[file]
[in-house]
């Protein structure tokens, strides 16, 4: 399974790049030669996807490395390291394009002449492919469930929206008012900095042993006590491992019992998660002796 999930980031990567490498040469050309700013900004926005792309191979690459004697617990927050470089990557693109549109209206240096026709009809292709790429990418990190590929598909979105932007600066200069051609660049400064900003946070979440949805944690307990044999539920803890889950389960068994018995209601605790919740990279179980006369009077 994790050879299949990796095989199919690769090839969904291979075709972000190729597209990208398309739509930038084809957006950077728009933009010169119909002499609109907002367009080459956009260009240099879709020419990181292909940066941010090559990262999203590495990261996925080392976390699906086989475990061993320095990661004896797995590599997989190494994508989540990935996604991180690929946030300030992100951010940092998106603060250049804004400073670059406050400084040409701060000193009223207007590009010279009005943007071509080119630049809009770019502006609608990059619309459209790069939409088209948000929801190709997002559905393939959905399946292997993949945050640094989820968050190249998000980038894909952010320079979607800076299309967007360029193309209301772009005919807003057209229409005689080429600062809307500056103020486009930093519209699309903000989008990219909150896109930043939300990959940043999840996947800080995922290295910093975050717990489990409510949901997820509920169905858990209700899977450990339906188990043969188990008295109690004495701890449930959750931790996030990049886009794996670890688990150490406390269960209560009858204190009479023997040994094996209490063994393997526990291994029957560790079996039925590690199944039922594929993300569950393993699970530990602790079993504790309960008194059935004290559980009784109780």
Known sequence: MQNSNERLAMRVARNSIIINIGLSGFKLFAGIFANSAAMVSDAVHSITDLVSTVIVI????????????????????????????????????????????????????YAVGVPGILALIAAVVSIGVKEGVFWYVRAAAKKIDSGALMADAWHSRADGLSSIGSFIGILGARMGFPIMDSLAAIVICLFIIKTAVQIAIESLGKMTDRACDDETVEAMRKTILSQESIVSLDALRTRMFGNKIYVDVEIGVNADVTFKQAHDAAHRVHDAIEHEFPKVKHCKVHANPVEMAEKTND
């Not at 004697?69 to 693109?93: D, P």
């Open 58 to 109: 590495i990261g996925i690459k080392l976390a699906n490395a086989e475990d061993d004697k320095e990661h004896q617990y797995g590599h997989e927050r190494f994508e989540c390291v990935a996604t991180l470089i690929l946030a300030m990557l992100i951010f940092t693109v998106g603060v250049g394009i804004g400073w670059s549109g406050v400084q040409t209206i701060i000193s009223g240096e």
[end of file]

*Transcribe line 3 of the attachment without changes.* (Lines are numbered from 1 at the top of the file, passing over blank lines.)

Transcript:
Known sequence: MQNSNERLAMRVARNSIIINIGLSGFKLFAGIFANSAAMVSDAVHSITDLVSTVIVI????????????????????????????????????????????????????YAVGVPGILALIAAVVSIGVKEGVFWYVRAAAKKIDSGALMADAWHSRADGLSSIGSFIGILGARMGFPIMDSLAAIVICLFIIKTAVQIAIESLGKMTDRACDDETVEAMRKTILSQESIVSLDALRTRMFGNKIYVDVEIGVNADVTFKQAHDAAHRVHDAIEHEFPKVKHCKVHANPVEMAEKTND